You may think your idea has good commercial potential, but something else matters more: other people have to think so too.
Significant commercial potential means the prospect of sales and profit on a large enough scale to make all the risk generated by your idea worth taking.
Businesses in particular will need strong evidence that your product will sell, as they are the ones who may have to spend millions of euros to get it to market. In business there is no such thing as a guaranteed winner. For every new product that sells well, there will be other new products that sell poorly.
What most companies will look for is:
- Something that can give them (usually through strong IP) a commanding or even monopoly position in the market.
- Something that consumers will want in preference to competing products.
- Something that offers a good return on investment.
- Something that offers a clear, low-risk route to market.
From your searches and investigations, what evidence can you present to companies or investors that your idea has the potential to meet these requirements?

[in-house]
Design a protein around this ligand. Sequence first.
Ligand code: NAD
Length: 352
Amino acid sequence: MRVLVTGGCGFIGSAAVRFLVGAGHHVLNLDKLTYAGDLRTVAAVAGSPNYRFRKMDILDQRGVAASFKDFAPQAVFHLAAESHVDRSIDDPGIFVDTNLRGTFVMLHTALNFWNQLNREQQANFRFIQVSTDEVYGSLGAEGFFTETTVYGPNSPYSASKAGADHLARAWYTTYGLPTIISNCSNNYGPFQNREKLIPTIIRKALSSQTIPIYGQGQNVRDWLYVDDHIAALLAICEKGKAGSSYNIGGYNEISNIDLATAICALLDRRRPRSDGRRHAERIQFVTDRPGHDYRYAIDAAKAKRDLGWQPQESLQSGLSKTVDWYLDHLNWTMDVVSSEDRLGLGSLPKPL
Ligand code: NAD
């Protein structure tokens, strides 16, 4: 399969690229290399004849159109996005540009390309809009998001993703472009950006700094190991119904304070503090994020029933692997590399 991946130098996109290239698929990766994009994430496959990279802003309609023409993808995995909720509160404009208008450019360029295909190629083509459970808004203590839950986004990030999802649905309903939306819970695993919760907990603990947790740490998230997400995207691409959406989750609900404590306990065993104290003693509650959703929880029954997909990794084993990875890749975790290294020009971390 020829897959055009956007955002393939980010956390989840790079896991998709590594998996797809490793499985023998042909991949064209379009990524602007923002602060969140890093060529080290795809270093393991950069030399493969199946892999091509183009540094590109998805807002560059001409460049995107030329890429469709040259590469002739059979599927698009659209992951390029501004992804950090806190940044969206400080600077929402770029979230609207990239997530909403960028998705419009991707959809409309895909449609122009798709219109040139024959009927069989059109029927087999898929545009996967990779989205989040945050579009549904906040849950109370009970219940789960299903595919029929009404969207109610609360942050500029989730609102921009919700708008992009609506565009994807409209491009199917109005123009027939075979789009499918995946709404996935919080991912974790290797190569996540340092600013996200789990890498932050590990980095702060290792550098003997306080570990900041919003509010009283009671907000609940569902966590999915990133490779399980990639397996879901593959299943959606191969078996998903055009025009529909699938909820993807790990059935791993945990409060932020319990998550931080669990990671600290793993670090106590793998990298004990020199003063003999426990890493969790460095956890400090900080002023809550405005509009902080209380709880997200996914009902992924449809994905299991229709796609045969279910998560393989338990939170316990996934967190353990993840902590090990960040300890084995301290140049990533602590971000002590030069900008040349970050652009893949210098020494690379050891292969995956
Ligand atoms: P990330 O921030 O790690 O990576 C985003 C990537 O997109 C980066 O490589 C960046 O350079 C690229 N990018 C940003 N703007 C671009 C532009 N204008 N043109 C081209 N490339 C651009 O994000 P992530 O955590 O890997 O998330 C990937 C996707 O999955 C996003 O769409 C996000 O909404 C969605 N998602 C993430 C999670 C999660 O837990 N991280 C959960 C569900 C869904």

For guidance, new products tend to fall into three broad categories:
- Exceptional products which dominate their market and set new standards.
- Good but unexciting products which offer opportunities for a business to increase its profits or its market share.
- Unexceptional products which offer just one more choice among alternatives.
In which category would most people place your idea?
You need to evaluate any opinion you have had so far from businesses or individuals with expert knowledge of relevant markets. A lack of evidence in favour of your idea could mean one of three things:
- The commercial prospects for your idea are poor.
- Your idea may need re-thinking to make it more commercially viable.
- Your idea may only succeed if you become an entrepreneur and market it yourself.
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